As one enters one’s adolescence, they enter a new phase of growth and personal development. Entering class 8, I had a deep desire to work with the children belonging to one of the most marginalised sections of our society- our city’s waste pickers. I finally got the opportunity to intern at Chintan, and visited their learning centre at Karamveer Dairy, Tuglaqabad.
This is the place where Chintan has worked with the children of waste-pickers, teaching them traditional subjects like maths, English, reading, drawing, writing among other things, so that they feel a sense of hope and develop the capacity to dream and work for a better future.
On my first visit to the centre in January, I was overwhelmed. Not just at the unfortunate state of living for the children and their families, but by the wave of positive energy I felt as soon as I entered the centre. I saw several little faces looking up at me, beaming spiritedly. Me, a complete stranger to them. For some reason, they felt that I brought a sense of hope to that dump yard which is their school and their home.
The children opened up to me almost instantly and from that day on, there was no looking back. I visited the centre almost thrice a week, each week planning a new, fun and educational activity for the children. Sometimes we had drawing competitions, other times we played fun games to teach them English and maths.
We danced, sang and watched some cartoons as well. Overall, the experience for me was life-changing. I realized that we have so much hidden talent in our country that is unfortunately overlooked, as is the living condition of those who work at making our lives livable. A new way of viewing life started to stir in my consciousness and in choices I started making.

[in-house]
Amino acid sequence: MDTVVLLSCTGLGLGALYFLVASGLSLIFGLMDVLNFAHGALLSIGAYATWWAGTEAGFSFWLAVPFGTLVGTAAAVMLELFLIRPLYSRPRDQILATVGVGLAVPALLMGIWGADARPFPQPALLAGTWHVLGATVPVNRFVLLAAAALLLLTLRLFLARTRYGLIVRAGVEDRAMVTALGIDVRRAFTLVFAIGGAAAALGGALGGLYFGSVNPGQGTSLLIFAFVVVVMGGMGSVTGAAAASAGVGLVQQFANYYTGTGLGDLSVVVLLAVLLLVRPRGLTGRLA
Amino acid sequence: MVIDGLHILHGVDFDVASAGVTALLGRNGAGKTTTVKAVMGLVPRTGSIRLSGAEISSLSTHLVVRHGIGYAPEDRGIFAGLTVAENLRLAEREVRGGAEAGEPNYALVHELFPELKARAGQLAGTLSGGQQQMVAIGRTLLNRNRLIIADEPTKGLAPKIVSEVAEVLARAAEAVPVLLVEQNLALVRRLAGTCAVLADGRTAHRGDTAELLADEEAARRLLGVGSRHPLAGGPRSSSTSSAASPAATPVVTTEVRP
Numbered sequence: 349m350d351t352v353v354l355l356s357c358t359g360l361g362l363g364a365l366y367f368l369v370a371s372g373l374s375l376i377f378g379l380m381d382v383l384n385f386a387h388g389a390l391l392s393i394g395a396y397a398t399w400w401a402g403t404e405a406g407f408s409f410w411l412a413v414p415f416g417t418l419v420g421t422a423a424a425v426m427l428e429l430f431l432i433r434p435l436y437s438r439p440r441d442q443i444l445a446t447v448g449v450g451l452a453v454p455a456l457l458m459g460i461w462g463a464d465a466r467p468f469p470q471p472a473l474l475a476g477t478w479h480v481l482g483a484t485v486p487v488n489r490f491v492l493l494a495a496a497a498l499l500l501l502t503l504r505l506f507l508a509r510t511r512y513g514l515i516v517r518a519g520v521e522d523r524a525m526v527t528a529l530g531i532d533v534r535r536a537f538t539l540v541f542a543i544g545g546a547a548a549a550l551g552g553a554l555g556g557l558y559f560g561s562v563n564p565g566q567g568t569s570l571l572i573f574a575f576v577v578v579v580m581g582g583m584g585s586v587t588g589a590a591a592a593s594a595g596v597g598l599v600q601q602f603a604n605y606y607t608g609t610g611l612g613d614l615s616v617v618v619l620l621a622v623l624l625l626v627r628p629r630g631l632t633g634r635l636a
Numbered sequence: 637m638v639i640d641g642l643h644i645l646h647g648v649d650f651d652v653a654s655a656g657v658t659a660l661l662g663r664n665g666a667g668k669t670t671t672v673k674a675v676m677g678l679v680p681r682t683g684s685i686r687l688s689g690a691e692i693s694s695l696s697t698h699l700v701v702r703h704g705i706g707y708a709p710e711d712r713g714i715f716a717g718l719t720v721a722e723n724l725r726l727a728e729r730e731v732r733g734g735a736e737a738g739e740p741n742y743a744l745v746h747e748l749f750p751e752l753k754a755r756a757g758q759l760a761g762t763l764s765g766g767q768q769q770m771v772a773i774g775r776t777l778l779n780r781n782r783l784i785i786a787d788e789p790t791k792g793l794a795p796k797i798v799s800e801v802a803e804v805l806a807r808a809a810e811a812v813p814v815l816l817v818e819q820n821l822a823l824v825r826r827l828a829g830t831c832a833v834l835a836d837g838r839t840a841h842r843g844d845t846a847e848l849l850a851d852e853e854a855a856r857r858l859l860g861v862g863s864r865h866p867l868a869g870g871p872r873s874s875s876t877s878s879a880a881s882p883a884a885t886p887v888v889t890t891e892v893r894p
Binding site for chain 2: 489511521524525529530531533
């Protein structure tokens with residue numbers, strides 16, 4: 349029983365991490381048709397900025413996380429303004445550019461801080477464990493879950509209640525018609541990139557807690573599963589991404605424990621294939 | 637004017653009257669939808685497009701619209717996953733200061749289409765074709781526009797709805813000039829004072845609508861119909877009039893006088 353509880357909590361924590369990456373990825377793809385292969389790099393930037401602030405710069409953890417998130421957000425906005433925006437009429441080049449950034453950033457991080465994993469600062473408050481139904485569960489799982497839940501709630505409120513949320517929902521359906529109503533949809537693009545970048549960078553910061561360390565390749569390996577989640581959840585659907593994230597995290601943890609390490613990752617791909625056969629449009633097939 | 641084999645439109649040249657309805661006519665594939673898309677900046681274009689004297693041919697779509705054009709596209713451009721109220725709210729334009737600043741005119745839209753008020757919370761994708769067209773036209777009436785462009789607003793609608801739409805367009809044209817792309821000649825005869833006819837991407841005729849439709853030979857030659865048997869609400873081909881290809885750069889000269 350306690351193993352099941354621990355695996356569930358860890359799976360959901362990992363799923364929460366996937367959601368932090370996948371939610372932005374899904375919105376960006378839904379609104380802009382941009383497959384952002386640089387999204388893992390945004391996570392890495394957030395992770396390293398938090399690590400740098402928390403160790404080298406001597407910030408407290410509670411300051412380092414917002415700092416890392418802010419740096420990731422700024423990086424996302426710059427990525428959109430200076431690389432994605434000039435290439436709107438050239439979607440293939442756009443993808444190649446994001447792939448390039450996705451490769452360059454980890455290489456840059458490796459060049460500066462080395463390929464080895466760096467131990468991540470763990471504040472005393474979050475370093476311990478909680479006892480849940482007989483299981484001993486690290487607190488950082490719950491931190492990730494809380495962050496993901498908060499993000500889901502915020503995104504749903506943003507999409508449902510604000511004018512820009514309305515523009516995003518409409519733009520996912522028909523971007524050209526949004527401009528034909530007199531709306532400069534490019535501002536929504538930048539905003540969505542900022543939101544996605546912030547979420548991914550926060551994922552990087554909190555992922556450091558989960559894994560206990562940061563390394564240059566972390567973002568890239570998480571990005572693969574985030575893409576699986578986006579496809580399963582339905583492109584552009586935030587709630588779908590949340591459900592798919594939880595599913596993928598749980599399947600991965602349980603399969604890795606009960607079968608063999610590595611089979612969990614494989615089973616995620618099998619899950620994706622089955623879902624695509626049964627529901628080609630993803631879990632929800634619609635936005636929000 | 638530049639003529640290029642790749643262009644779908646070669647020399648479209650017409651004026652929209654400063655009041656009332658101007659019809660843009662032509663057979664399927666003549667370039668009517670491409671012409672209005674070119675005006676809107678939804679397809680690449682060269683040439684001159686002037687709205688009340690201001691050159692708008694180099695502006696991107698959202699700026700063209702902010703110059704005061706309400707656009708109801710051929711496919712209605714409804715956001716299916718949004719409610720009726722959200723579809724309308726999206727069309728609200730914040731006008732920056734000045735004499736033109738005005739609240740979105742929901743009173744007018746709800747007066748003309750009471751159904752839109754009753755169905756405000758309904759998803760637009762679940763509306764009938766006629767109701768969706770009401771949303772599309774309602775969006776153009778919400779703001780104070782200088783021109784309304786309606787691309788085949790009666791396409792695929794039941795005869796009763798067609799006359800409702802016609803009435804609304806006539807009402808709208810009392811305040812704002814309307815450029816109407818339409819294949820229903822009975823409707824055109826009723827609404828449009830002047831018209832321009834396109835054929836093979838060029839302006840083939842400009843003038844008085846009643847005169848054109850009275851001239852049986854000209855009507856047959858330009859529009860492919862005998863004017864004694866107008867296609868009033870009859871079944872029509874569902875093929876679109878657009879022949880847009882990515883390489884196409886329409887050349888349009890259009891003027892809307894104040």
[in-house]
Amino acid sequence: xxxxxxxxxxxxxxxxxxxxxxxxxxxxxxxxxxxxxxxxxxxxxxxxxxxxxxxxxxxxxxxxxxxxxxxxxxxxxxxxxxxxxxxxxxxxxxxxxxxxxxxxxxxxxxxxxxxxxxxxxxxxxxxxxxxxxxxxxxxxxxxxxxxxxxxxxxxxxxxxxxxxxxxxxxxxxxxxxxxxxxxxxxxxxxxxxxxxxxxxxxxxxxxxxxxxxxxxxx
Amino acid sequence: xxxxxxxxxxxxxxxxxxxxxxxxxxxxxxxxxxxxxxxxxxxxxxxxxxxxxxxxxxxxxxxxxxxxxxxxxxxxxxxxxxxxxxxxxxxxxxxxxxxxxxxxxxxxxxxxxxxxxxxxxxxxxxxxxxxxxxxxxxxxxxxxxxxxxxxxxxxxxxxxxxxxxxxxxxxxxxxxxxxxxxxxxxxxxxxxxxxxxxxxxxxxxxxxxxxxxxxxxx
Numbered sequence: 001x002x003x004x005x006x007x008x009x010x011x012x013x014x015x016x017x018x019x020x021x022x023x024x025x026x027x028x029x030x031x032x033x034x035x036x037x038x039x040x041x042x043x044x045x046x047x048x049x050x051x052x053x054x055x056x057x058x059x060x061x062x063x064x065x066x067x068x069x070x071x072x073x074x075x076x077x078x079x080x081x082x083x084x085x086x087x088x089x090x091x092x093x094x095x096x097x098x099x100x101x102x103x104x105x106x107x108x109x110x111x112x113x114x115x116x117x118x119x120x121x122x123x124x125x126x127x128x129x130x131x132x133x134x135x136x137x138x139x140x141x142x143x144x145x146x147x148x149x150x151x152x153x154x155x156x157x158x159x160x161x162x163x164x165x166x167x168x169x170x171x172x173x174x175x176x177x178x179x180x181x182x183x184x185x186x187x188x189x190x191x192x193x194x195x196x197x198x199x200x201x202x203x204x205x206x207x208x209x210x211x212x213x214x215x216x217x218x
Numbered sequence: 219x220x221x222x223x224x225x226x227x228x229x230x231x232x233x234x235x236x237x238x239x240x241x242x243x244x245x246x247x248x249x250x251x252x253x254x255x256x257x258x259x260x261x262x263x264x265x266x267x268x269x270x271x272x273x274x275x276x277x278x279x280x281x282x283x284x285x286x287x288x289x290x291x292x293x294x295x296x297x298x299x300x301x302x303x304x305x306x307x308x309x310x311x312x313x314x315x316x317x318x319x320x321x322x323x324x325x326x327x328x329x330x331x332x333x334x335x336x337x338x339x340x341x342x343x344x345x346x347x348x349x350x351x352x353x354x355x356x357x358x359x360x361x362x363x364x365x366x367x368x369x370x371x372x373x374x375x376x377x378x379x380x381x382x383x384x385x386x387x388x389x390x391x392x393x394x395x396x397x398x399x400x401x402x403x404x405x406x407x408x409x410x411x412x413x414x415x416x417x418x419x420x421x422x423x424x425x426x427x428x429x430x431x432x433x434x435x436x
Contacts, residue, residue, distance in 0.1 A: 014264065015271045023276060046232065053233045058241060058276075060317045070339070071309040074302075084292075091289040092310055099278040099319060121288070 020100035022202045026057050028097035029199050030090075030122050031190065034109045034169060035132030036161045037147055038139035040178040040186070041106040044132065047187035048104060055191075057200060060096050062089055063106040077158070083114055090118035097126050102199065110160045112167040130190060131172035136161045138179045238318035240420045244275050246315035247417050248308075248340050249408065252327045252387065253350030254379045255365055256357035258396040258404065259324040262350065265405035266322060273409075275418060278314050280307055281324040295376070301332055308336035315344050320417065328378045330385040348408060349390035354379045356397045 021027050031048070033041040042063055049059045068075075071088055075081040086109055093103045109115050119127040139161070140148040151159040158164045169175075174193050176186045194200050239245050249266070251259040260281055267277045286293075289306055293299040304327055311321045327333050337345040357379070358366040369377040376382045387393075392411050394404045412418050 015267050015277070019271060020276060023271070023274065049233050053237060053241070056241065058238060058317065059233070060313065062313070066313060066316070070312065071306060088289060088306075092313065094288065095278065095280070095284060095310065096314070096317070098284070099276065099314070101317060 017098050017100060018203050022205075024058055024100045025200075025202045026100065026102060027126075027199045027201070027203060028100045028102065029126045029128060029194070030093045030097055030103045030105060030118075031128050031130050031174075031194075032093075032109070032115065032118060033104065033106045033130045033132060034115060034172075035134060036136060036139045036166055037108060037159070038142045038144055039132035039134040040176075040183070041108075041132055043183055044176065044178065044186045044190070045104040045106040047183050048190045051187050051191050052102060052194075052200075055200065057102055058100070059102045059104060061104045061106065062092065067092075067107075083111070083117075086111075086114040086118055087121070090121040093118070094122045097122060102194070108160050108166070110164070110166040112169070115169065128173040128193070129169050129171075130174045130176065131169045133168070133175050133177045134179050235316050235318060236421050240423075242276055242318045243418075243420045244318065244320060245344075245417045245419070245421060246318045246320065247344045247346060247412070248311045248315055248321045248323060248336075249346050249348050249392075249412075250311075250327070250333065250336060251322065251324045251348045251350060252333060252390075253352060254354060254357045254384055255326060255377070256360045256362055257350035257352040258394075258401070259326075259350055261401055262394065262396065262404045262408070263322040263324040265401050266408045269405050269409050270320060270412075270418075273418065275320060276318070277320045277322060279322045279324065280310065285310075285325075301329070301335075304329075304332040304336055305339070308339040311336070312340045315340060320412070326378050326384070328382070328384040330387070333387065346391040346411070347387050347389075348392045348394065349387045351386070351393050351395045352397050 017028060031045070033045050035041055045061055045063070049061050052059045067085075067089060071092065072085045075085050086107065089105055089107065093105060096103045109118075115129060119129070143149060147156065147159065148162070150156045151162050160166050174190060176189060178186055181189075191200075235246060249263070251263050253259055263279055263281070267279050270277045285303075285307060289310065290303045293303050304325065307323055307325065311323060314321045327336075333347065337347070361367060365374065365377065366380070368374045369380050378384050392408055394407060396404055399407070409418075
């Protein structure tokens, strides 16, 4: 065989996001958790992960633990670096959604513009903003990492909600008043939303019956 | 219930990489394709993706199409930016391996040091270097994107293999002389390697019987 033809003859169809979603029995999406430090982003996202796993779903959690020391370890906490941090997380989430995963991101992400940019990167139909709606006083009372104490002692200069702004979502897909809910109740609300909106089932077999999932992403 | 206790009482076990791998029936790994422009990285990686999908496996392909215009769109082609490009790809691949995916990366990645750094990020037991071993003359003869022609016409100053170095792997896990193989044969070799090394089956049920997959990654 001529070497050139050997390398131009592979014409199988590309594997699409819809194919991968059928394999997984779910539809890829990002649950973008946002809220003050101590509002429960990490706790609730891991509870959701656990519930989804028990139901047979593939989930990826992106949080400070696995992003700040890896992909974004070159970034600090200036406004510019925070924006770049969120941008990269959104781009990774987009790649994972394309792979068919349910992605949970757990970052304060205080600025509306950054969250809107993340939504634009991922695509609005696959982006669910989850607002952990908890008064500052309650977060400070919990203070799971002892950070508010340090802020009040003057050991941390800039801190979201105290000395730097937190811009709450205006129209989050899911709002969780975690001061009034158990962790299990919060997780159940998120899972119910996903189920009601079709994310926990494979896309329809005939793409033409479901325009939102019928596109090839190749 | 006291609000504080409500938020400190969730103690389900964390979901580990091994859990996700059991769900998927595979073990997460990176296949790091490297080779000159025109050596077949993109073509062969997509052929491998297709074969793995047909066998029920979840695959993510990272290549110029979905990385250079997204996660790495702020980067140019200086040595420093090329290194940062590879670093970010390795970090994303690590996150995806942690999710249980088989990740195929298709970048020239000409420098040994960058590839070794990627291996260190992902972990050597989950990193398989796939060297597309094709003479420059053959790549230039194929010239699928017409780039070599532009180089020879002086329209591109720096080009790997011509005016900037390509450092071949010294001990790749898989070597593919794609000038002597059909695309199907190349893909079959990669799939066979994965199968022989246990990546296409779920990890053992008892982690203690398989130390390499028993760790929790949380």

Who knew how much would that change within just a few months. The apocalyptic Coronavirus outbreak brought with it a cataclysmic lockdown. This meant no more visits to the centre to spend valuable time with my new, inspiring, friends. This deeply saddened me. Even though we all were struggling to cope with this pandemic in our own ways, deep down inside I was deeply concerned for the children in the slum and their families as well.
The current COVID-19 pandemic has unleashed a huge crisis on innumerable fronts. As frontline workers, these waste pickers are extremely vulnerable to contracting the disease themselves through the appalling mounds of garbage they sort with their bare hands. Even though the prices of what they scavenge and sell from our garbage has gone down significantly, the waste workers have not left their work. The sole source of income for them was the kabari sale, which has come to a standstill due to the lockdown. This means that the children and their families are struggling immensely during these tough times. Their circumstances cannot be described in words.
Life is sometimes strange, to say the least. As I struggled in my head to come up with ways to help my young friends, I got a call from Chintan almost 2 weeks ago. They had started circulating a donation link on WhatsApp to help raise money for the wastepickers during these hard times. The money would provide them with not only rations but also basic protective equipment and sanitary napkins for women. They asked me if I could help them by circulating this link among my contacts and of course I agreed.
During the course of two weeks, I helped raise almost ₹5.5 lakh rupees. I reached out day and night to friends, family and even strangers, in India and overseas, asking them to help. The satisfaction I felt knowing that I was helping these children indirectly even though I couldn’t be there physically was something indescribable. It is said that hope can travel even if we can’t.
I am so happy and thankful that Chintan gave me another opportunity to help these shadow citizens of India during these unprecedented times. I gained as much if not more from this experience. When one lights a lamp for another it also brightens one’s own life.
This campaign that I fought for my little warrior friends will always be a cause very close to my heart.
About the author: Nyrah Kapoor is a 14-year-old student of Step by Step school in Noida. She is a volunteer at Chintan Environmental Research and Action group.